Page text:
10th Sunday after Pentecost, Proper 15
The Rev. Meg Lovejoy+
In the name of the Father, and of the Son, and of the Holy Spirit. Amen.
“I came to bring fire to the earth, and how I wish it was already kindled!” (Lk 12:49)
Jesus sounds impatient in this verse from the Gospel of Luke. He was speaking to his disciples and was aware of what he soon faced in Jerusalem. That fire and baptism Jesus speaks of addresses the suffering and death he was to endure. Maybe you’ve experienced a similar feeling, a feeling of just wanting it to be over. Think of times just before a big presentation at work or a big exam; maybe a surgery or some other major event you experienced. You knew what was ahead and you wanted it to be over with and behind you. I think the impatient sounding comment shows Jesus’ humanity. He wanted it all to be over and behind him.
We normally picture Jesus as the kind, patient, loving savior but, the words in this gospel are some of Jesus’ harshest words and tell us he could be angry and hard when necessary. Jesus understands the radical choices that must be made in order to be ready for the coming of God’s Kingdom. Fire is a clear image of judgement. As it burns, it destroys, cleanses, and purifies. Jesus said, “I have a baptism to be baptized.” (Lk 12: 50) The baptism he speaks of here brings the image of water. Water doesn’t burn, but it does destroy, cleanse, and purify.
Both images, fire and water, are images of transformation. In order to be transformed, the old or “unclean” must first be destroyed or cleansed so that something “new” may be born. The old ways of the Roman Empire, the old ways of religion were to be transformed into a new way of life and a new religion of love.
An old and proven method of cleaning old dead growth of grass and underbrush is commonly used in managing pastureland and woodlands. It is the use of fire. Every spring, cattle producers who graze their cattle in the marshland of Cameron parish, burn the dead grasses in the marsh. Their cattle have been moved to different pastures for the winter and before they move the cattle back into the marsh, the dead grass must be removed in order to allow for new spring growth. Not only does the process of burning remove the old growth, it also provides fertilizer and speeds up the immergence of the new growth. As soon as the spring rains provide fresh water over the scorched marsh, new, tender, green shoots of grass appear. The brown, dead grass marsh is transformed with fire and water into new green growth that can sustain cattle, and other animals and reptiles of the marsh.
As Jesus’ suffering and death approached, he understood stress and anxiety would increase among his followers. He spoke of division because he understood that the stress would cause division in families. Yet, that conflict and division that Jesus said he would bring also brought new growth. The growth of a way of life that had never been seen before. A way of loving, a way of being loved, a way of standing up for and speaking for those at the lowest level of society, a way of recognizing God in each other.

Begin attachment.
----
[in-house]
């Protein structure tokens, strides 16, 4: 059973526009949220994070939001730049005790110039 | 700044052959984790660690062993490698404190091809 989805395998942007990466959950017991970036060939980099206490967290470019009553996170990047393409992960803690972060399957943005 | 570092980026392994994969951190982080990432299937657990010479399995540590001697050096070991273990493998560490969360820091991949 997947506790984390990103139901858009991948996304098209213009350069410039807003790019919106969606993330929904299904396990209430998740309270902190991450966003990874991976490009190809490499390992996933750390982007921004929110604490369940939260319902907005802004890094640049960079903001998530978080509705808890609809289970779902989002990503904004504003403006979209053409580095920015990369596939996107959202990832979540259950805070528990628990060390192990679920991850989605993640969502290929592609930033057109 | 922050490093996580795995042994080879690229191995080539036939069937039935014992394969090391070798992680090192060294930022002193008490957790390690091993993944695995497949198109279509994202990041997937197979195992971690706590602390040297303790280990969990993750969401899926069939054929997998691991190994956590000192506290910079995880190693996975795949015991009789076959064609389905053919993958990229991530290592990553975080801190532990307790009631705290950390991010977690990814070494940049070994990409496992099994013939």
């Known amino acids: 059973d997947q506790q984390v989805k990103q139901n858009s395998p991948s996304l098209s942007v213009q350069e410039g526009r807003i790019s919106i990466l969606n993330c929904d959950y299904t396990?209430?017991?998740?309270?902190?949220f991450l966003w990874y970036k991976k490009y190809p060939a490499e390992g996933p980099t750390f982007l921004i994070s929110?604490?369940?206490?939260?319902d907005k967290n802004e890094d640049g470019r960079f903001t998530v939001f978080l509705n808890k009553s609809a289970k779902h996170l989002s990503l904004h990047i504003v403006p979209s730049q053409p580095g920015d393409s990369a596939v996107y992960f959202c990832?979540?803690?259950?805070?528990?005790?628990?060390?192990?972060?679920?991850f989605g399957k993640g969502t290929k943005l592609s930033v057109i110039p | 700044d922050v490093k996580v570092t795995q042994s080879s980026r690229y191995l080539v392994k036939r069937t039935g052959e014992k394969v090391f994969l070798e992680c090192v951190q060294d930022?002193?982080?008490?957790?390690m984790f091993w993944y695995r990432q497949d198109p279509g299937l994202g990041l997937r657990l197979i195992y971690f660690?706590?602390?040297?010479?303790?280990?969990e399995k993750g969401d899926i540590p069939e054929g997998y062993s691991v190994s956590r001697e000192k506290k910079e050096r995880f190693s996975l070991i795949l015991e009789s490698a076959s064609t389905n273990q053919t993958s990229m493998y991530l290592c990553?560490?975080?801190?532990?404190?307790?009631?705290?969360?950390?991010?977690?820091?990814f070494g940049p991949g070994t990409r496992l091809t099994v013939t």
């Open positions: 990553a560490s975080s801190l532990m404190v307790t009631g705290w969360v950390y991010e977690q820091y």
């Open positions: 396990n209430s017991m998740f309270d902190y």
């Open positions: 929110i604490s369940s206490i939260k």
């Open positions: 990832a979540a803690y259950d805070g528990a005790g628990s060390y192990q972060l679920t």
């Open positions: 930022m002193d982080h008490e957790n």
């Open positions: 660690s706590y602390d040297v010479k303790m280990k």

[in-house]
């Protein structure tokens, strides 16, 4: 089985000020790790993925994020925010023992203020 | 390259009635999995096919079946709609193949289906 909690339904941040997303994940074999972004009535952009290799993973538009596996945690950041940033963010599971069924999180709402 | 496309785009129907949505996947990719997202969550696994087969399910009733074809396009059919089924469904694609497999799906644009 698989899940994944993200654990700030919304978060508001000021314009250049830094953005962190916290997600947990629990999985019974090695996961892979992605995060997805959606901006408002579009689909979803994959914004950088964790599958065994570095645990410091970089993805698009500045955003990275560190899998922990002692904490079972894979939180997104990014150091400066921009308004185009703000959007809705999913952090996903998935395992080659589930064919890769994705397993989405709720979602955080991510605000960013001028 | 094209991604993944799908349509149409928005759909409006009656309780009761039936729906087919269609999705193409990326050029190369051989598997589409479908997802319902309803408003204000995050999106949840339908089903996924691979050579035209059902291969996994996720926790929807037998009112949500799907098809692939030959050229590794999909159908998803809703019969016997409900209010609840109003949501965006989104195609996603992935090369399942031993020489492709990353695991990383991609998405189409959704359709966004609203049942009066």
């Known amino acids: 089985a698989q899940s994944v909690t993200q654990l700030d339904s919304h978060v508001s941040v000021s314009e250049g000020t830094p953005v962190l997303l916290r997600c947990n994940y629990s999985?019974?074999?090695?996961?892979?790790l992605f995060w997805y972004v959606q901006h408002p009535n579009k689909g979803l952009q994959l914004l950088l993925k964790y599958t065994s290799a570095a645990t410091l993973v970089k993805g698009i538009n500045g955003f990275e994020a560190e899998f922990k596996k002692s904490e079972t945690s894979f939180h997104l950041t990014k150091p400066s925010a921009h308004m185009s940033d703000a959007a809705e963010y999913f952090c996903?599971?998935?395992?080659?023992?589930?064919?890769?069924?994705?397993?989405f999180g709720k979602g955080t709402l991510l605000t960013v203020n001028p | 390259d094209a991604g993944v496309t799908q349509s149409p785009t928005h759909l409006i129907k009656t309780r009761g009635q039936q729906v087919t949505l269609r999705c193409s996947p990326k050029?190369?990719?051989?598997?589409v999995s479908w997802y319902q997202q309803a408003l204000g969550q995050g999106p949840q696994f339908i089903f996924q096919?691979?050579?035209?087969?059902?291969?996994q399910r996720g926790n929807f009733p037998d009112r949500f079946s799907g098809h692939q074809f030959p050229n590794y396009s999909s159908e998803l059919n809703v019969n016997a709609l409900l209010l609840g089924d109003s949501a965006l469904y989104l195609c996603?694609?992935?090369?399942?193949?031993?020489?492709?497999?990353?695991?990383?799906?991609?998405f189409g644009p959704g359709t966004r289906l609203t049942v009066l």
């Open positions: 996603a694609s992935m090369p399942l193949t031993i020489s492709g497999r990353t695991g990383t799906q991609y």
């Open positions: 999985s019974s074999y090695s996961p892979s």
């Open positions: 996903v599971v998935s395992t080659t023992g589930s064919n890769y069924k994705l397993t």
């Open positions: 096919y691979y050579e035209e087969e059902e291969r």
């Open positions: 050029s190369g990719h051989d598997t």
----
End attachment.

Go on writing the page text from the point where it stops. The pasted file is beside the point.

Late nineteenth century theologian Karl Barth (1886-1968) said, “ It is inherent in the nature of the Gospel to provoke division and controversy. The Christian message does stir up trouble. It thrives on it. To defend the poor provokes the anger of the rich; to defend the outcast enrages the in-group; to support a fair wage irritates the robber-barons; to call for peace incites others to war. We think we are safe because we are silent. Wrong! Jesus is calling now for a division of the house. The only safe place for the Christian in this life is in the center of the storm, in the midst of the battle, for that is precisely where Jesus is.”
Jesus never promised his followers that life would be easy. In these words, he predicted that life would be difficult and stressful. Yet, Jesus willing carried the cross of persecution, the cross that comes from the wickedness of others in the world, for us. But, the evil that seeks to corrupt and destroy the children of God can be overpowered with the fire of the Holy Spirit and the water of baptism.
Paul wrote in his letter to the Hebrews that, although many followers of Christ suffered and died terrible deaths, they kept their faith. Because we are surrounded by such a great cloud of witnesses, we can draw strength from them to run our races, to endure the trials and sufferings of this life. We focus on Jesus Christ who suffered and endured the cross so that we might have eternal life in the glory of the Kingdom of God.
I heard an Allman Brothers song a few days ago that made me think of Paul’s encouraging words of those souls who have gone before us. It’s called “Soulshine”.
When you can’t find the light
That guides you through a cloudy day.
When the stars ain’t shining bright
You feel like you’ve lost your way.
When the candle light at home
Burns so very far away,
Well, you got to let you soul shine
Just like my daddy used to say.
He used to say soulshine,
It’s better than sunshine,
It’s better than moonshine,
Damn sure better than rain.
Hey now people don’t mind.
We all get this way sometime.
Got to let your soul shine, shine
Till the break of day.
So, I ask that you jump right into the middle of the storm. Live out your Christian faith and follow the path Jesus showed us - loving, giving, praying, and standing with those who need help. Let your soul shine. With the strength of all those who went before us, “we got this”.